Swallow Tales

We’re getting there – we’ve nearly waded through all our outstanding photographs from both our recent French trip and from the wedding we attended a week after returning. At least now the photographs are not on real film, I didn’t have to sit scanning hundreds of pictures in.

This year’s trip to France was not great as regards weather but, in my opinion at least, the wildlife helped to make up for it. We didn’t see some of the birds we would normally expect to see at springtime (bee-eaters, golden orioles) but I did manage to add substantially to the contents of my insect catalogues.

I’ve always been captivated by butterflies. Even as a child I collected Brooke Bond PG Tips cards and my favourite collection was the butterflies. As a child in Watford, though, I never seemed to see anything exotic myself; the cards and books were my only contact with much other than the ubiquitous Large White (a.k.a. Cabbage White). As a result, having begun regular pilgrimages to France, my eyes couldn’t help but be drawn to colourful butterflies that I’d never before seen. I was quite likely to slam the brakes on (having checked the rear-view mirror, of course), leap from the car and chase headlong across a field after a fluttering beauty.

Scarce_Swallowtail Most captivating of all was undoubtedly the so-called Scarce Swallowtail. It really is a strikingly beautiful creature. It is also one of the more cooperative butterflies in that it sits with its wings open at rest. The picture (right) is from the days of real film (50 ASA Fuji Velvia). The Scarce Swallowtail doesn’t visit our shores but, it seemed to me, one didn’t have to go far south in France before the strangely named Scarce Swallowtail became relatively common. Not a French trip went by without my seeing at least one. There is a (regular) Swallowtail which is, apparently, a rare visitor to Britain but I had never  knowingly seen one anywhere. Had I suspected that one was about, I would undoubtedly have checked the rear-view mirror, slammed on the anchors and leapt out excitedly.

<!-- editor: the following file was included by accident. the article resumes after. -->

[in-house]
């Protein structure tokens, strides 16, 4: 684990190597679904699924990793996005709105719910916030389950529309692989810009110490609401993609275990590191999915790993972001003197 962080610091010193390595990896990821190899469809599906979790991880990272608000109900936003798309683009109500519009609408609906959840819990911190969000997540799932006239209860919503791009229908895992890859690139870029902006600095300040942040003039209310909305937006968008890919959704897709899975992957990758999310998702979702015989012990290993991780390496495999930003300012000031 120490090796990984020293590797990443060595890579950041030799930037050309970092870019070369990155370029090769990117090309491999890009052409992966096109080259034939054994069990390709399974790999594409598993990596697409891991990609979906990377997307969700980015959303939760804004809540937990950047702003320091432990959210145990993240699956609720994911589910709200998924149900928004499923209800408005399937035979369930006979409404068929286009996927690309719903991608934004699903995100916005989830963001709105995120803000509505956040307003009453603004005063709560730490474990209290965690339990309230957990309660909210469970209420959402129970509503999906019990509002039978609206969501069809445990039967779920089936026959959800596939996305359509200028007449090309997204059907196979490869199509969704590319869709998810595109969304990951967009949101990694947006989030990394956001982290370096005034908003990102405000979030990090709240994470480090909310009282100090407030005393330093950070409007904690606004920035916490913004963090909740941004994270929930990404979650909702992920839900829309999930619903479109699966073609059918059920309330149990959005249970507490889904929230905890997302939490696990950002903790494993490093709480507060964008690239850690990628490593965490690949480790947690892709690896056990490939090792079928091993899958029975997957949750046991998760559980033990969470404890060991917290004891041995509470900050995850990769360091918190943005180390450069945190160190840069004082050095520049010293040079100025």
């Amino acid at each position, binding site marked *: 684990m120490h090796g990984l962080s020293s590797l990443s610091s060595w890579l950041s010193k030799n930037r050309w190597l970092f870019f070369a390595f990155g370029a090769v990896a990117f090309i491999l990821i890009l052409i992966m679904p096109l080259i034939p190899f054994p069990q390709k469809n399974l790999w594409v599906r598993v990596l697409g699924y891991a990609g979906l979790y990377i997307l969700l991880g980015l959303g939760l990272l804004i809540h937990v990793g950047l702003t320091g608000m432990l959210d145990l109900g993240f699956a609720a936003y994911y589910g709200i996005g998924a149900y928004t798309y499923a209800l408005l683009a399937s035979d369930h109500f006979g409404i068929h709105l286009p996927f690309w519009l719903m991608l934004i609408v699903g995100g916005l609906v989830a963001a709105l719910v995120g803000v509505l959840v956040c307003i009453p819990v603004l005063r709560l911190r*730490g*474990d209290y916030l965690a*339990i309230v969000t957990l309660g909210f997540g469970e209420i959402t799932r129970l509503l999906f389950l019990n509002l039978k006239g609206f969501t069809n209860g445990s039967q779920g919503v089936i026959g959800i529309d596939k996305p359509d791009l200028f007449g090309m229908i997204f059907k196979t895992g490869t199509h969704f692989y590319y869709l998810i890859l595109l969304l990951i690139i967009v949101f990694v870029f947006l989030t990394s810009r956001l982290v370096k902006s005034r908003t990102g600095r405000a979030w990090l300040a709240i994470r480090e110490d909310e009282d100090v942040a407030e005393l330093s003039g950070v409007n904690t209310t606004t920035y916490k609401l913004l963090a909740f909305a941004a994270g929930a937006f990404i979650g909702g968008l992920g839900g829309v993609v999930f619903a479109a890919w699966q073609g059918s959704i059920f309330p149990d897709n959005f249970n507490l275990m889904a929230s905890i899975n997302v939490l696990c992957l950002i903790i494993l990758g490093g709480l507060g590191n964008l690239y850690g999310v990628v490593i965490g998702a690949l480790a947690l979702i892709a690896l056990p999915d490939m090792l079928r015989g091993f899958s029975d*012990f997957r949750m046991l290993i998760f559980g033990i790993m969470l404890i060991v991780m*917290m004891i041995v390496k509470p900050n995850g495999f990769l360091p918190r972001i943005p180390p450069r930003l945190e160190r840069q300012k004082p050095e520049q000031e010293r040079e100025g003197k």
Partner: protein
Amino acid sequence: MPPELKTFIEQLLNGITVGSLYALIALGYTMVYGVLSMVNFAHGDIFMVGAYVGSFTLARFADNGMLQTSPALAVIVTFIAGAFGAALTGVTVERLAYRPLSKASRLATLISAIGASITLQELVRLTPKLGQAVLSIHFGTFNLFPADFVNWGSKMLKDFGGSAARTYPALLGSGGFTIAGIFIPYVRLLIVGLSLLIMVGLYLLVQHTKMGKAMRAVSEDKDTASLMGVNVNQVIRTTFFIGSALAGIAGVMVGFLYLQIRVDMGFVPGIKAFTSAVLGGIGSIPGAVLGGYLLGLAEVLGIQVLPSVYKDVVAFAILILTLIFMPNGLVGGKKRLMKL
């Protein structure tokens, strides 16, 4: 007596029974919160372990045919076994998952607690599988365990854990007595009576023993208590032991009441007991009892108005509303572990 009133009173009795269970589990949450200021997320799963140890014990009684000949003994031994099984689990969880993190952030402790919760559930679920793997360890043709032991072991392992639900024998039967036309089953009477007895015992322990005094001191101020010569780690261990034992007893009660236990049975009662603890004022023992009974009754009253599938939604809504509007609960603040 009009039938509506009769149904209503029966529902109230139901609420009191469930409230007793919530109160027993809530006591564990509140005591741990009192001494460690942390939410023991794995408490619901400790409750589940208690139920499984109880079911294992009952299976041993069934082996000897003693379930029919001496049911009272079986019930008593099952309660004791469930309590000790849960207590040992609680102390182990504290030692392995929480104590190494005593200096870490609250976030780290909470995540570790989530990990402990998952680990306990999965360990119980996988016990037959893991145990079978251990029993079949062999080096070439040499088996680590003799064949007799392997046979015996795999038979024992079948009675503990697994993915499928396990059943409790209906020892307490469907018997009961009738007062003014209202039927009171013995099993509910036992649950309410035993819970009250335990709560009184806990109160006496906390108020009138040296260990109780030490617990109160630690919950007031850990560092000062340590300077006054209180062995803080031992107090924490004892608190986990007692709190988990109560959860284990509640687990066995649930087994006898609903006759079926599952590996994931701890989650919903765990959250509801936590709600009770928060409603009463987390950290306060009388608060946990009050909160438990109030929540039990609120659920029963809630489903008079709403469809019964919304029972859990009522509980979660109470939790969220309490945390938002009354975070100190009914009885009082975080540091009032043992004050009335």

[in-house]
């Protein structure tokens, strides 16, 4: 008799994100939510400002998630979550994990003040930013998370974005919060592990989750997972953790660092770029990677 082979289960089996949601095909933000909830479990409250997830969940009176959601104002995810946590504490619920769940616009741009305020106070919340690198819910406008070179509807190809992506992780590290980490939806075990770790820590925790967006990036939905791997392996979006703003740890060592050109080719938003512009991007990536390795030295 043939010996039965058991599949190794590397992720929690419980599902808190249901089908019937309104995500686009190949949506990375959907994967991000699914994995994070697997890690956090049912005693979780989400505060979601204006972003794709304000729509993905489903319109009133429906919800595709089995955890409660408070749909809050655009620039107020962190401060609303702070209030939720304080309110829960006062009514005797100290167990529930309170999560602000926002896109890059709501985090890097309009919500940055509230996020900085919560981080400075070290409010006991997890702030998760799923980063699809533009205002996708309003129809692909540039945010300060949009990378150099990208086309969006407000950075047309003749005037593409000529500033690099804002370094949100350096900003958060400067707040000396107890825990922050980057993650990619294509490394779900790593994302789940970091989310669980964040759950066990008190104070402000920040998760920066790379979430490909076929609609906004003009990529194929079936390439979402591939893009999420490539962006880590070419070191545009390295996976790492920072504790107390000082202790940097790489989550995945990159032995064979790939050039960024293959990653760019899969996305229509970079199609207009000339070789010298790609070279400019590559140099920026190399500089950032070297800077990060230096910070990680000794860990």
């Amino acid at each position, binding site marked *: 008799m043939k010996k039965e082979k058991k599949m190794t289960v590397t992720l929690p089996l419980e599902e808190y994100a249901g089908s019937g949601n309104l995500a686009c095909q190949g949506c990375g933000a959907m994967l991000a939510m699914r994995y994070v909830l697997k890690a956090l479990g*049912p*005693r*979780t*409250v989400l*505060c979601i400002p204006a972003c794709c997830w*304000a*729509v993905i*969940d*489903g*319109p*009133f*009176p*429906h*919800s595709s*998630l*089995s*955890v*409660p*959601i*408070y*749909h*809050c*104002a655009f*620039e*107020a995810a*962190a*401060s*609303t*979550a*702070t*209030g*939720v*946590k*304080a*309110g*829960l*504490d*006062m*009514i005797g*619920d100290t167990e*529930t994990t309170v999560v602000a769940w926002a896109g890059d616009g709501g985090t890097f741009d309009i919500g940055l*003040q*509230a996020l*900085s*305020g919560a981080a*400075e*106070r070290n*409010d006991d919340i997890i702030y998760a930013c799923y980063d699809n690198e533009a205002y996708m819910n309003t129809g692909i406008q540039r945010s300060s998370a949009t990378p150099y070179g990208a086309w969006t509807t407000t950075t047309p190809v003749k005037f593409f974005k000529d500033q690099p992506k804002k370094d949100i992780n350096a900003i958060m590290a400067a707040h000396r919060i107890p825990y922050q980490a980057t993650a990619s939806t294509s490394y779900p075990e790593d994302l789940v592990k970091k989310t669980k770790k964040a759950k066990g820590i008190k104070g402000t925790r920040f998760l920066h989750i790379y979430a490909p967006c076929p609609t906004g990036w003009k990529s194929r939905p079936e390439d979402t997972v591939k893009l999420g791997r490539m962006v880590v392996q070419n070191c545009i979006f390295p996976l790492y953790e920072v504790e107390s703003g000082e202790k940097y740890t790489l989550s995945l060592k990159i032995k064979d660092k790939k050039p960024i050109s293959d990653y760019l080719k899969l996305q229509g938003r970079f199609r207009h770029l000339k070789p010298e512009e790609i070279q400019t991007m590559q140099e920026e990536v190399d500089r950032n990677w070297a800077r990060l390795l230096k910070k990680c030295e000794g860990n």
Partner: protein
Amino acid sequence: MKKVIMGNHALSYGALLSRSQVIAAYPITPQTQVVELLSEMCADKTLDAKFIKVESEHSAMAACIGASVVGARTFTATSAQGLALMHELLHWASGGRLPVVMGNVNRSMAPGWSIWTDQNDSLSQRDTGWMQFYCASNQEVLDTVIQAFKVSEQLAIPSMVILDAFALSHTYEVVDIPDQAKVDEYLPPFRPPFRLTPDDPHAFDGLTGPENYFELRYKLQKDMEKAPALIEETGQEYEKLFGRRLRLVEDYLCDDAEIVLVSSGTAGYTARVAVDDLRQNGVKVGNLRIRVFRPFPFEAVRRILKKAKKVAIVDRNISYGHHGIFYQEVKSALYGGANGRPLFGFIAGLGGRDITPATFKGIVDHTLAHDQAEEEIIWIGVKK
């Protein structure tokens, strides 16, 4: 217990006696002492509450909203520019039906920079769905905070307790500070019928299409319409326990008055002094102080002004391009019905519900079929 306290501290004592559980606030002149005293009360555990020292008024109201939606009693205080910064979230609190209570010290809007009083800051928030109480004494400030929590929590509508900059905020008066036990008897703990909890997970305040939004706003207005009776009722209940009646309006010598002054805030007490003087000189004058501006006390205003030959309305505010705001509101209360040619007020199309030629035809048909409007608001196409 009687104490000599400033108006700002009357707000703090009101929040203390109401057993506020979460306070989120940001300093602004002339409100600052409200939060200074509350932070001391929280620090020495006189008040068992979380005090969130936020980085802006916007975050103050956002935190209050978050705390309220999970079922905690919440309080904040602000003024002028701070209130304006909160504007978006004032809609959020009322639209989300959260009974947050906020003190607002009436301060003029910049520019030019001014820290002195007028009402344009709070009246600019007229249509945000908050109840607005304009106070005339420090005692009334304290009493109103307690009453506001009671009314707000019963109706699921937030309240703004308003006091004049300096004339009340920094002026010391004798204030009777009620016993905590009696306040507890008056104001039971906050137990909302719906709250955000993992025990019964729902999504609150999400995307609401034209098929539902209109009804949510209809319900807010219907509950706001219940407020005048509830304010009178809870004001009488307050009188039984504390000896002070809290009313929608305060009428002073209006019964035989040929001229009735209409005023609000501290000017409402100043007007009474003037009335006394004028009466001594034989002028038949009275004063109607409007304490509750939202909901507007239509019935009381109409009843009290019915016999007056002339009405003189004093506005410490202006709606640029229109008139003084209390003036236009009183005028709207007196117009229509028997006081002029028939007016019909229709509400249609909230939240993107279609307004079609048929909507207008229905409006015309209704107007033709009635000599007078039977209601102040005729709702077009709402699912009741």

IMG_6003_Swallowtail At least, that was the case until this year. This year, not only did I not see any Scarce Swallowtails but I finally saw and captured (photographically, that is) a couple of (regular) Swallowtails. The first was flitting about frenetically  on a plateau at about 1400m in the Pyrenees. The second was hungrily feeding in the Gorge de la Frau. Well, if you’re going to flit about frenetically, you have to feed well, I suppose. This time captured digitally (800 ASA pixels), here is what I consider to be my best shot.

IMG_5186_Swallow Finally, and just because I was lucky enough to snag a Swallow in flight on this year’s trip, here is the bird after which both these fabulous creatures are named. The Scarce Swallowtail has longer “streamers”, more like the bird but, in a beauty contest, it would be hard to  pick a winner, wouldn’t it?

Fortunately, we don’t have to. 🙂

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